Borg in verbal row with aggressive civilian
TT/The Local · 3 Jun 2009, 08:03
Published: 03 Jun 2009 08:03 GMT+02:00
According to the Aftonbladet newspaper, Borg entered the garage unaccompanied by body guards to meet a car he had ordered from the government's motor pool to take him to a meeting.
Upon entering the garage, which is connected to a loading dock and thus accessible to the general public, an unknown man on his way to deliver a package rushed up to Borg and began shouting at him.
“The man was directed to the receiving dock in one of the garages at the government offices. At the same time finance minister Anders Borg passed by the same spot,” said Säpo spokesperson Patrik Peter to the TT news agency.
“At that point the man began yelling at the finance minister, but there was no physical altercation.”
A Säpo driver, who was not formally employed as a bodyguard but is considered part of the agency's personal protection force, also intervened in order to keep the man away from Borg.
The Swedish Security Service (Säpo), which supplies body guards to government ministers, is reviewing the incident, which took place several days ago.
“We've assessed the incident and changed our routines. What happened won't happen again,” Peter told Aftonbladet.
Commenting on Wednesday to the TT news agency after reports of the incident emerged in the Swedish media, Borg attempted to downplay the confrontation saying he thought the man simply wanted to “say what he thought about the work we are doing”.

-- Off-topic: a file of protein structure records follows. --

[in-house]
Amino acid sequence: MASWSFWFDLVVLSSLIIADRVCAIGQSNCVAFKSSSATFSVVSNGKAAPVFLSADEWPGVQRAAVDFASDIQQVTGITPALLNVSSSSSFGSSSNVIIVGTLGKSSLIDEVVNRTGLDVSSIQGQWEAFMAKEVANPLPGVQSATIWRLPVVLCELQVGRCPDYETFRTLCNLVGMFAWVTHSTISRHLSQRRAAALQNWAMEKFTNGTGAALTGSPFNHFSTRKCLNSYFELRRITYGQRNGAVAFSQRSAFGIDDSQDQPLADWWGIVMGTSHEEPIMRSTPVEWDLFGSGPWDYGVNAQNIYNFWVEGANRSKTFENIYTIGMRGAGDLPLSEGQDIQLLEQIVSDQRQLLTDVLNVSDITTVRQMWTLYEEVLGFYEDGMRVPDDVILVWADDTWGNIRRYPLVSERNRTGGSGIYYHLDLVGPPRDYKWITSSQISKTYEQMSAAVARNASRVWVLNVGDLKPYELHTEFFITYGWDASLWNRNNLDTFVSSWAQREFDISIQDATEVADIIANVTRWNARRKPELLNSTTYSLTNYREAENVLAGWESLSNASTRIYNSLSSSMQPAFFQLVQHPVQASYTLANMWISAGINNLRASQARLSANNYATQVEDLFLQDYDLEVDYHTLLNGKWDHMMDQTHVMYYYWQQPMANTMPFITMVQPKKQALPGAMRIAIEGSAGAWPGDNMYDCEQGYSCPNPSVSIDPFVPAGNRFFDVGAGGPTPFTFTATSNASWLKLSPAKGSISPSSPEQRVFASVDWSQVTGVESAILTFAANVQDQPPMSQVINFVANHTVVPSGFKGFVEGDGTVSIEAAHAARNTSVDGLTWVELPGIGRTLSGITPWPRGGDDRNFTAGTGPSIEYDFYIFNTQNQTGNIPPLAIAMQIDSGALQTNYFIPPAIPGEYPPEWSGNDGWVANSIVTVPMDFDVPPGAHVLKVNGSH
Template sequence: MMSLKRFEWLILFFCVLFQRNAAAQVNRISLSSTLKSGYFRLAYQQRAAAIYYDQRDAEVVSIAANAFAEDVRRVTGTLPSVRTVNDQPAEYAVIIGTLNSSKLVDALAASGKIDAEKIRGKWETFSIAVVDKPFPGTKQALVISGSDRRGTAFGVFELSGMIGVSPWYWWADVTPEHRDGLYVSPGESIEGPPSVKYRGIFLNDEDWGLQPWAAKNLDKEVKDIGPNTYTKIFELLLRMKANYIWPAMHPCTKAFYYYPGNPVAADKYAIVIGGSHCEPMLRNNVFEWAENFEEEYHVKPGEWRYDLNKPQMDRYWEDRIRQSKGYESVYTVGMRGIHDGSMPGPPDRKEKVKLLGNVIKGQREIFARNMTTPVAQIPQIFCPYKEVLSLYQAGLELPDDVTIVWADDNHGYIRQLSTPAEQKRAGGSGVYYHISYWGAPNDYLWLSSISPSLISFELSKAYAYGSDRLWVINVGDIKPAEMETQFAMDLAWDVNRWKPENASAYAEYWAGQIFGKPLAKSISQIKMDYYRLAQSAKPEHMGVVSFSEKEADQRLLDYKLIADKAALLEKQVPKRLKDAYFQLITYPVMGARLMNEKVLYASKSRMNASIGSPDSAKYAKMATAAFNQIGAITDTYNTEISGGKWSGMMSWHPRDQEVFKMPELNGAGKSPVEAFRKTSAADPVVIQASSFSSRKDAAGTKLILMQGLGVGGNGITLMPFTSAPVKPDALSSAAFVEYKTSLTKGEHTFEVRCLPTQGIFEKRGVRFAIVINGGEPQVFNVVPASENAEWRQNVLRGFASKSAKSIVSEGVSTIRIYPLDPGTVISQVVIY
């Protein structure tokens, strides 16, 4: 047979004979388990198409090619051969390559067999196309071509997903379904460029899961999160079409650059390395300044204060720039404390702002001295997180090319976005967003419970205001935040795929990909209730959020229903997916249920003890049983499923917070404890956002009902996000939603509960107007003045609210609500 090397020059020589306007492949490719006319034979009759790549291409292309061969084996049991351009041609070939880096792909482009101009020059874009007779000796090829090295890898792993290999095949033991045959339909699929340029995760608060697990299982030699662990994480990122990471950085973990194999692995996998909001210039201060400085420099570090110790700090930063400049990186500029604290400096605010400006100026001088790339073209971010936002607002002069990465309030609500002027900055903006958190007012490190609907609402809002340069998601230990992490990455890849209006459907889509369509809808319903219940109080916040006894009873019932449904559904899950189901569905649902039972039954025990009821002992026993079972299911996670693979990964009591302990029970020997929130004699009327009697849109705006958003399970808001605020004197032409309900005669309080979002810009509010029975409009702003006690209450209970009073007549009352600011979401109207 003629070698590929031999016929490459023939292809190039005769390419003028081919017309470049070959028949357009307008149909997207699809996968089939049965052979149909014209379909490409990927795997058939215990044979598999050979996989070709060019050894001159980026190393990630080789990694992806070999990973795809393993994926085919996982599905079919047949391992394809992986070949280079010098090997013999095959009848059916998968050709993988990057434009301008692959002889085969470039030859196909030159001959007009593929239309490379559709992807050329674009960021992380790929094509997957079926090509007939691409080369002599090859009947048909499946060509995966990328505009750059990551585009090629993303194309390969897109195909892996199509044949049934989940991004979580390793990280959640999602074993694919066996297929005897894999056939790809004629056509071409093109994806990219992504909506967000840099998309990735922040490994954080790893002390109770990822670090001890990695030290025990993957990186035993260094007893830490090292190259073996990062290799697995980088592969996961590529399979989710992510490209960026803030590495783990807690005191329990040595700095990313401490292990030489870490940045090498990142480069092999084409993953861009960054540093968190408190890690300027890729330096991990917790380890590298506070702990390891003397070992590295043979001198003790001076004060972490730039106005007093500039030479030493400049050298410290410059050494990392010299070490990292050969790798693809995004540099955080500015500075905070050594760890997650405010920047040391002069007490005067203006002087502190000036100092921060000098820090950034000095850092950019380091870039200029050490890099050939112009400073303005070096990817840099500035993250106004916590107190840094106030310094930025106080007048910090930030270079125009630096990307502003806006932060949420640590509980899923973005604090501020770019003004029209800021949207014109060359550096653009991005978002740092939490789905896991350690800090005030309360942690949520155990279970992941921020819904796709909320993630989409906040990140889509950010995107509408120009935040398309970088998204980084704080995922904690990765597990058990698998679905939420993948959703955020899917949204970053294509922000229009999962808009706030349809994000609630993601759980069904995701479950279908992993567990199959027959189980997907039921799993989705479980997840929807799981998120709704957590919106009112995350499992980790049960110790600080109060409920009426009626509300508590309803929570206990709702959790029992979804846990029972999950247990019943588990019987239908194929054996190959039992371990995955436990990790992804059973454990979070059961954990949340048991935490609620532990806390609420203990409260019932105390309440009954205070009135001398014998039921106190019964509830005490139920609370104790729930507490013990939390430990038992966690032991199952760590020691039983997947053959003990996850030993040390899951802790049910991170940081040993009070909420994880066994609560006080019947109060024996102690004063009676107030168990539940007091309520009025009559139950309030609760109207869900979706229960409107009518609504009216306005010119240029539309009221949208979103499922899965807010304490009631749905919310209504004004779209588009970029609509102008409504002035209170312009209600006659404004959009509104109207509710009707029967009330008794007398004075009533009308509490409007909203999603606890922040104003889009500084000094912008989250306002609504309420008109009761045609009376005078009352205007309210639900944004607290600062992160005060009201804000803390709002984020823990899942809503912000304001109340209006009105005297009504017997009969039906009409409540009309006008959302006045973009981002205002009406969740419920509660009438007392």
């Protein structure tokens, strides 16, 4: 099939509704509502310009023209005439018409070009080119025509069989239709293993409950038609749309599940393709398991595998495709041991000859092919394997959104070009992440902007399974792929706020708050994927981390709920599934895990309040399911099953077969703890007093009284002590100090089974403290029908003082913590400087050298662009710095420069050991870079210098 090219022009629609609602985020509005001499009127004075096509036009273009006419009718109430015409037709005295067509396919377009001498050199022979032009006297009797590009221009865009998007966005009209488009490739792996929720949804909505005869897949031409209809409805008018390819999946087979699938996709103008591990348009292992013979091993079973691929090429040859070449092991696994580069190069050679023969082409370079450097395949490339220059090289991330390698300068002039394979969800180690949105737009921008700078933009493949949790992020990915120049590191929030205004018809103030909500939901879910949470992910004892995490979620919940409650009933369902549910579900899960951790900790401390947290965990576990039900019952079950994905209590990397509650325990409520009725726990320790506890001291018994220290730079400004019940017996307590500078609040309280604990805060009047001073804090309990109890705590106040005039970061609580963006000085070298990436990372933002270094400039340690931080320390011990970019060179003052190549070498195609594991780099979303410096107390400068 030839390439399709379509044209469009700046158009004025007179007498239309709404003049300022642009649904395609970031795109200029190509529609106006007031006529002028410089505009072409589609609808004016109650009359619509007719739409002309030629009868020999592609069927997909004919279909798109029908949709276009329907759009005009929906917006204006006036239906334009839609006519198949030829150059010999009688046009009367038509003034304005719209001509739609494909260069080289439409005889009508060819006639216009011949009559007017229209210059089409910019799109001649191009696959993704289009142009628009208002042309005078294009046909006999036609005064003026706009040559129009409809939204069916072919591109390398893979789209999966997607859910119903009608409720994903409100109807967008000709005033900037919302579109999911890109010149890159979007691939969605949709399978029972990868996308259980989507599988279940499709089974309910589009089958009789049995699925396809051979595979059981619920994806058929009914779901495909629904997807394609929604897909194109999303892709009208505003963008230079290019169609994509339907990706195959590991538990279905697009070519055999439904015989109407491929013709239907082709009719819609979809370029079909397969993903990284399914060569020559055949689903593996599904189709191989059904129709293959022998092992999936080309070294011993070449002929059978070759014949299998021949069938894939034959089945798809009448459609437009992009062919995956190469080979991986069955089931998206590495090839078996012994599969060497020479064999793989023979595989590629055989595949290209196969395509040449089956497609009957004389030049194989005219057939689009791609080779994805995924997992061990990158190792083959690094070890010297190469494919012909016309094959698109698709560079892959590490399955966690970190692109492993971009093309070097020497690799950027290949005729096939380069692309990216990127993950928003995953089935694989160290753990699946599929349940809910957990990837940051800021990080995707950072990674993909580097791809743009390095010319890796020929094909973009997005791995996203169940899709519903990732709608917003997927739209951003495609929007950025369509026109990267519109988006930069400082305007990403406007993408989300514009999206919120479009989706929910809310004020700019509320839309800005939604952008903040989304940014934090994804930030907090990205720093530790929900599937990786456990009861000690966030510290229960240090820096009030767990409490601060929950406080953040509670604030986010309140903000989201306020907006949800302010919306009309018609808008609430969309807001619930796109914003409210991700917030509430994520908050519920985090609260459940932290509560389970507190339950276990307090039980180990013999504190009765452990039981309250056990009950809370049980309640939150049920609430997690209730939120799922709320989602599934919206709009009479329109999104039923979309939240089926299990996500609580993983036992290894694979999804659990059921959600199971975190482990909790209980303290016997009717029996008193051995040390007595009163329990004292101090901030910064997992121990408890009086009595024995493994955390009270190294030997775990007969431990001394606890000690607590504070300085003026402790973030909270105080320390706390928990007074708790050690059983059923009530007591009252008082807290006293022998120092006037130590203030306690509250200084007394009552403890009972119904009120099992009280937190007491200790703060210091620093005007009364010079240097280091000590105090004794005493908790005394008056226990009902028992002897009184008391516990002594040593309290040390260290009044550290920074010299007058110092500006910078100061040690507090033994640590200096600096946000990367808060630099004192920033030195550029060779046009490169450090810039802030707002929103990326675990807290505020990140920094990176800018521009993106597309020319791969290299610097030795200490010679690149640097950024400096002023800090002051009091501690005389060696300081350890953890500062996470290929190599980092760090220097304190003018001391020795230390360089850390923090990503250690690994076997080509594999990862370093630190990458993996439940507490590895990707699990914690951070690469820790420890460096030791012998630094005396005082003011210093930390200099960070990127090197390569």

When asked about whether or not he thought the matter revealed any gaps in security procedures, Borg said it was up to Säpo to comment on their working methods.
“We live in an open democracy where citizens should be able to get close to their politicians; I think that has enormous value, so I don't think that we should make this into a big deal,” he told TT.
Nevertheless, the government offices have revised procedures so that letters and packages are no longer handed over in the building's garage.
“It was a serious incident and procedures have probably not been the best, so we think it's a valid assessment,” said Peter.
The man who approached Borg has not been charged with any crime.